The XSS threat and the role of the WAF

(To Francesco Rugolo)

Among the cyber attacks that exploit methods of script injection il Cross Site Scripting (XSS) it is certainly one of the most famous and in this short article I will try to explain the risks and the important role played by a tool called WAF (Web Application Firewall) as the first line of defense against these attacks.

XSS is an attack, as already mentioned, of the injection type, i.e. in which a script is injected into a web page, making it infected and allowing an attacker to steal data of various kinds from the victim who is browsing.

First of all, there are two main types of XSS, the so-called Reflected and Stored, the latter also called Persistent.

In both cases the aim of the attack is to exploit a vulnerability in the site or web browser and to compromise the interaction that the user is having with the aforementioned application and the consequences can be harmful for both parties.

In Reflected XSS the victim's browser is attacked, the script is located in a link malicious, often sent to the victim in an email, link which is apparently legitimate but which once clicked will start the script placed inside it, compromising the user's session with the application he is using.

Session data, cookies and any other sensitive data will be promptly sent to the attacker.

in Stored XSS the application is attacked directly and typically vulnerabilities of websites that use some type of form that the user must fill in are exploited, upon response from the application a piece of malicious code that has been attached by the hacker to the site is activated by the user. In both cases the user remains unaware of the risk as the applications appear completely legitimate.

Lo Stored XSS it is certainly a more complex and dangerous type of attack as it affects every user who accesses the vulnerable application, the hacker remains hidden by stealing sensitive data for prolonged periods of time, hence the name "Persistent XSS".

So how can we protect our web applications from this type of attack?

As we well know, private companies and public bodies rely on the correct functioning of services available on the web on a daily basis. The reliability anduptime of some of these services is absolutely vital and must be preserved as best as possible and to guarantee their existence a large number of these are protected by an extremely important technology, namely the Web Application Firewall or in short, WAF.

WAFs are an important help in protecting us from external threats of various kinds, from malicious attacks and from unwanted traffic to our servers, such as bot protection, denial of service (DOS) type attacks injection, attacks of Cross site scripting (XSS) ed SQL injection and more.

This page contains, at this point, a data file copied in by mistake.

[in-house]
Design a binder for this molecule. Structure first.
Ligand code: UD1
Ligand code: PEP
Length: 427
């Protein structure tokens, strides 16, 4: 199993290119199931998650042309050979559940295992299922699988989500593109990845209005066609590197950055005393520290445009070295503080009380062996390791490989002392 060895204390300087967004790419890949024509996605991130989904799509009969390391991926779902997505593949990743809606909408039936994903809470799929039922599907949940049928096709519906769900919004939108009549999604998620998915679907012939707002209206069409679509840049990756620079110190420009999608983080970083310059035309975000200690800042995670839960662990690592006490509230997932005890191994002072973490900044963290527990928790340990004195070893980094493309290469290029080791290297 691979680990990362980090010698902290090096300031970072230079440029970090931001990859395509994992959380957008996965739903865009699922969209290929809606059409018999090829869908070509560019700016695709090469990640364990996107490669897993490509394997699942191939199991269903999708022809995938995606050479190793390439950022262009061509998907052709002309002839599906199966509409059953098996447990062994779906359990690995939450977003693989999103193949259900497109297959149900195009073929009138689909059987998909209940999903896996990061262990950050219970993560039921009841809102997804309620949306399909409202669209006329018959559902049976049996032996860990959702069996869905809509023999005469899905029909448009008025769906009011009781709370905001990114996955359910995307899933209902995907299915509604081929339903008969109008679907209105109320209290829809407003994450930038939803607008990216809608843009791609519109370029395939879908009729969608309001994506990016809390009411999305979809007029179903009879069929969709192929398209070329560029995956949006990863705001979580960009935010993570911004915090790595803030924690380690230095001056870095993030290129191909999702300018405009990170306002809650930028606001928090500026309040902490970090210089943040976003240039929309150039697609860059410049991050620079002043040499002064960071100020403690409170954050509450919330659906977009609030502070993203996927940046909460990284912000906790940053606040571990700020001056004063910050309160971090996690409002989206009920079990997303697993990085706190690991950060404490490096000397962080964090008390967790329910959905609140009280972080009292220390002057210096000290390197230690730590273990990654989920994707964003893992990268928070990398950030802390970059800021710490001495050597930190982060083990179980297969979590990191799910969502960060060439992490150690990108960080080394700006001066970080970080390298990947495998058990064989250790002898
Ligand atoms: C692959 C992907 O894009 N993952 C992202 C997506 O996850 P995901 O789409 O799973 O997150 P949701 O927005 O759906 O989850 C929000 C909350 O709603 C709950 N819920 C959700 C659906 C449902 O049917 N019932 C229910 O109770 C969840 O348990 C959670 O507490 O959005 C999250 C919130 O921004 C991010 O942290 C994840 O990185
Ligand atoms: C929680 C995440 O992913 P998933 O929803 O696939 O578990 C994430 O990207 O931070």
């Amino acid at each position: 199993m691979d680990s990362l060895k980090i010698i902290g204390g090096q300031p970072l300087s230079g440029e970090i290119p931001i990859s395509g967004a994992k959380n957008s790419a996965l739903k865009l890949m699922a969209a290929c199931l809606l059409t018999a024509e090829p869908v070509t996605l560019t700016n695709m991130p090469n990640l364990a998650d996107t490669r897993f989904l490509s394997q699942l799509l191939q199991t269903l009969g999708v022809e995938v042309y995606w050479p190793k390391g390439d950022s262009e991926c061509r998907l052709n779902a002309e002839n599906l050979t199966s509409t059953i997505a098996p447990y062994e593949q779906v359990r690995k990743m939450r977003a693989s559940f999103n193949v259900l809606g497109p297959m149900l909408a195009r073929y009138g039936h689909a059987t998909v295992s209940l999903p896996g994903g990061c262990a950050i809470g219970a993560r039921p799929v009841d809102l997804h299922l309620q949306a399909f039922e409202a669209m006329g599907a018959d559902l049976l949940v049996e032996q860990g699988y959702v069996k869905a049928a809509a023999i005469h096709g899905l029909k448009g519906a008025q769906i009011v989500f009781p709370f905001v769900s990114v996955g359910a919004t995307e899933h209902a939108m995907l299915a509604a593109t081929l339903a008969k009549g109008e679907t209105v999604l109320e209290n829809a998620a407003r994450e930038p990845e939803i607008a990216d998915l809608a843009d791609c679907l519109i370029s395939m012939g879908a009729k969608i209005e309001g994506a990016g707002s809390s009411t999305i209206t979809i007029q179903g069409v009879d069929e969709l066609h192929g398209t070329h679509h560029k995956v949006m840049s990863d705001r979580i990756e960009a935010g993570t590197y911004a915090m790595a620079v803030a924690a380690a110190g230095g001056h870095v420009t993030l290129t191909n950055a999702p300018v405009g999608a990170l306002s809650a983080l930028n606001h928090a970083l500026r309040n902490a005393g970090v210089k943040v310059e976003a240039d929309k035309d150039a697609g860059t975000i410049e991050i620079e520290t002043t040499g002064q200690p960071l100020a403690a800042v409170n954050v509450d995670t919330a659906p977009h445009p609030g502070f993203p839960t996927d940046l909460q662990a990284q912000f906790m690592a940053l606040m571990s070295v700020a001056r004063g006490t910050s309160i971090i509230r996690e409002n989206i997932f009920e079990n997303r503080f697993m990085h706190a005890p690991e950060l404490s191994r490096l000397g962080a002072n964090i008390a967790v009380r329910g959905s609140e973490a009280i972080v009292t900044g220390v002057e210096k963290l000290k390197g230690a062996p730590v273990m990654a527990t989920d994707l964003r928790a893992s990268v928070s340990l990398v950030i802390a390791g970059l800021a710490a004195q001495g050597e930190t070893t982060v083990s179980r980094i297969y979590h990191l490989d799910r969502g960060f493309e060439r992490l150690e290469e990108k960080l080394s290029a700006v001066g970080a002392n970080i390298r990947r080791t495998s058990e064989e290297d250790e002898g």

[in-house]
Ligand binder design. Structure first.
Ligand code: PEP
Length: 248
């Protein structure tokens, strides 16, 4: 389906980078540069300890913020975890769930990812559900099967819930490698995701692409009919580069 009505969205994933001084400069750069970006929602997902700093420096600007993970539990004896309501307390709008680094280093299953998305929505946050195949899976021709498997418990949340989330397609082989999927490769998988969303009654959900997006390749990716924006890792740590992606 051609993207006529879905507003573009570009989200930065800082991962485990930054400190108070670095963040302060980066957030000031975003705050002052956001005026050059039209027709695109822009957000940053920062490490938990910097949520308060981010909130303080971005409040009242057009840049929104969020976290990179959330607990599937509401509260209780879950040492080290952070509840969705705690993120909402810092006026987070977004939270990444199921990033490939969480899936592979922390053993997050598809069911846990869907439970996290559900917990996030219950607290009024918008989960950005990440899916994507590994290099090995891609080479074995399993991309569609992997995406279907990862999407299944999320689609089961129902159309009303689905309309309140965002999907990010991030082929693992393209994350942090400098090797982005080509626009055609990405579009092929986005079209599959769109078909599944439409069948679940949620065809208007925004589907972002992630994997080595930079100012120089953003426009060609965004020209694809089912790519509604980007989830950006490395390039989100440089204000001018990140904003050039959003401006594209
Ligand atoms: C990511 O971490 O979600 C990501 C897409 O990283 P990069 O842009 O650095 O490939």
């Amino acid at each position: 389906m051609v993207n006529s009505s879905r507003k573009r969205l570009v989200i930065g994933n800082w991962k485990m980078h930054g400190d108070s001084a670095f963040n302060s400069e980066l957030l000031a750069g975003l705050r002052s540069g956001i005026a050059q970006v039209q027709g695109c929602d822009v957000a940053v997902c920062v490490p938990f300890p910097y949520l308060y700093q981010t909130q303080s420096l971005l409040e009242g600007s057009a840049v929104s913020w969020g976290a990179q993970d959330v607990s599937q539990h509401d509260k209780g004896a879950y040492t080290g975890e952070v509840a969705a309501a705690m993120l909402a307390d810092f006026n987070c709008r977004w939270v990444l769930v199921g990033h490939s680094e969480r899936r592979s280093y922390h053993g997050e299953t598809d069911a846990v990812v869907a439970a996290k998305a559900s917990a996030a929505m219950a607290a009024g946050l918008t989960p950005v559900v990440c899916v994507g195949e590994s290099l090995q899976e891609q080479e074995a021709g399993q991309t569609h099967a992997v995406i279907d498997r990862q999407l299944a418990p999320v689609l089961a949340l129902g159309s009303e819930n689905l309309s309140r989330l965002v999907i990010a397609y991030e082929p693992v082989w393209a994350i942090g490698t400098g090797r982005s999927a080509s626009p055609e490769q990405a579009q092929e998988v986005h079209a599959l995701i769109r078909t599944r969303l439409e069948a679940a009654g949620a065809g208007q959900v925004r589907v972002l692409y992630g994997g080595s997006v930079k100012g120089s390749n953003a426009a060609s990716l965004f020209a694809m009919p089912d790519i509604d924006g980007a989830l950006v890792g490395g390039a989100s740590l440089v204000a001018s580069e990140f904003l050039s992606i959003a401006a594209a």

WAFs are to be considered an important line of defense against type attacks injectionBy monitoring traffic at the application level, they are able to identify one of these attacks before it is too late, checking potentially harmful character sequences and patterns that may be indicative of an attack of this type.

WAFs can prevent or make us realize that a similar attack is underway thanks to a "signature based" filtering that manages to block a large part of malicious requests, obviously this set of rules and lists of "malicious signatures" must always be updated.

For this reason the WAFs are maintained by teams of experts who work to continuously update knowledge on attack vectors and the rules to prevent them.

Obviously WAFs do not offer infallible protection, the defense potential against a similar attack, but also against other types, derives from a correct configuration of the rules in use.

WAFs analyze and prevent what is known, while extremely sophisticated and never before seen methods will unfortunately not be reported, there are also techniques of bypass firewalls that often make use of loopholes in their configuration.

For this reason some WAFs help the user to inspect the operating characteristics of the product, providing detailed information on the type of traffic received from the monitored services and the parameters received, and this is not a common feature in every WAF, which often only provide the log with the notification relating to the activation of the rule in use.

Furthermore, some WAFs focus on an enforcement strategy of legitimate behavior rather than a signature based approach like the one explained previously, a strategy which in some cases could make the difference and help significantly the process of identifying the attack and combined with the ability to some more complex WAFs, starting a deployment of a virtual patch even without stopping the service can ensure an uptime rarely achievable by less advanced software. for more detailed info on xss example of non-signature-based WAF